The result, if the strategy is successful, is that mothers in underserved communities are empowered to advocate for themselves and their children--and children grow up in more grounded, affectionate, engaging environments. Compare the school involvement of low-income parents versus affluent ones, and the differences lie in confidence levels and institutional knowledge. Look at children's academic performance and life outcomes in general, and the emotional stability and cognitive stimulation they get at home are undeniably enormous factors.
But as with all relationships, the terrain is delicate and messy. It challenges families' values and cultural norms. Result can't be measured immediately, and many forces compete to undermine success. This is, after all, Chicago, where the potential horrific consequences of an unstable childhood are painfully evidenced in the city's violent crime statistics, including a murder rate now declining after a surge in 2012 but still impacting youth disproportionately.
"If it were cheap or easy, we would have done it already at a great scale," said Rauner, whose husband is a Republican candidate for Illinois governor. "But clearly, we think it's the beginning of this great opportunity to really affect parent behavior, which really, in the long run, is the answer for children's school success... If there's another way to do this, I don't know what it is."
The Ounce helped to pioneer the idea of using doulas, or coaches in birthing and newborn care, as an intervention for impoverished teen mothers in Chicago nearly two decades ago. Two of three pilot sites in the mid-1990s are still in operation.
A few years ago, the Ounce began operating the Healthy Parents and Babies program in which Dwana Harris now takes part. It is funded by a $543,025 Early Head Start grant.
The program, similar to others the Ounce supports around the state, relies on two people with distinct roles to form relationships with a family. A doula supports the mother before, during and after delivery, promoting the initial parent-child bonding in the context of a longer-term home visitation program. A home visitor is a parent resource who works with the family through other formative experiences that can be equally trying, from sleep training to potty training to temper tantrums. "It's a journey where even the most highly degreed and highly resourced of us feel like we don't know, we're just barely getting by," Rauner said. Participants are also invited to join parent support groups.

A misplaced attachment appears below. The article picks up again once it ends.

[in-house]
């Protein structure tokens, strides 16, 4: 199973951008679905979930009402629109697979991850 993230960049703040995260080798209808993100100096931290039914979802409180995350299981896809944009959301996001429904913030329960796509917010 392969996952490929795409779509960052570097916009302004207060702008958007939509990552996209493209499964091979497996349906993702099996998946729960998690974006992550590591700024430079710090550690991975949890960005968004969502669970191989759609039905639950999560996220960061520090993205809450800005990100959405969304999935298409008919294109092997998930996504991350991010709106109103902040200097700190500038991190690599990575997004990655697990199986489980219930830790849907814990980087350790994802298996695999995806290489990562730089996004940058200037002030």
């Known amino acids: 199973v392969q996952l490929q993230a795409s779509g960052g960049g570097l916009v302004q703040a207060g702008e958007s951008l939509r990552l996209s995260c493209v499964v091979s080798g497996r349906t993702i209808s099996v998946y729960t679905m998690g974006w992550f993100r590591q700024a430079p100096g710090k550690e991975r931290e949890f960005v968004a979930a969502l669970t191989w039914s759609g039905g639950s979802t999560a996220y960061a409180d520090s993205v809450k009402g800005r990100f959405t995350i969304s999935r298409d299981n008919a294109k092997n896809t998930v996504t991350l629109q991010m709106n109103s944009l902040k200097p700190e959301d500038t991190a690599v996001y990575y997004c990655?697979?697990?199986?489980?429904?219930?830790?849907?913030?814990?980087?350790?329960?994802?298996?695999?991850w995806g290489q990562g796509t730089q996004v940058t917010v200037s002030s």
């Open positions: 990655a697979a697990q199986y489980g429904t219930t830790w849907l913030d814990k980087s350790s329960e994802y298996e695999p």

Ideally the relationships last for years, until the child is enrolled in a high-quality preschool. The Ounce runs a model program in a national network on the South Side where Harris is interested in someday sending her daughter.
One of the program's oldest parents, Harris is in many ways an ideal participant: independent, determined, and open to receive the organization's teachings. Despite a busy schedule balancing her job as a home aide to the elderly with an online associate's degree program in medical records administration, she made time during her pregnancy to attend meetings on everything from child discipline to mothers' self-care to early school readiness assessment. She's also had a longtime partnership with her baby's father, James Jones, 34, who works in waste collection for the city and is studying to become a carpenter. Jones seems more comfortable in front of his Black Ops game on the Xbox than helping with stretches and massage exercises the doula showed them to relieve Harris's low back pain in the third trimester. But he helps nonetheless and is there when she needs him.
For all Harris has going for her, she was petrified about something going wrong again in her impending dive into parenthood. And she reached for the support being thrown her way like a lifeline.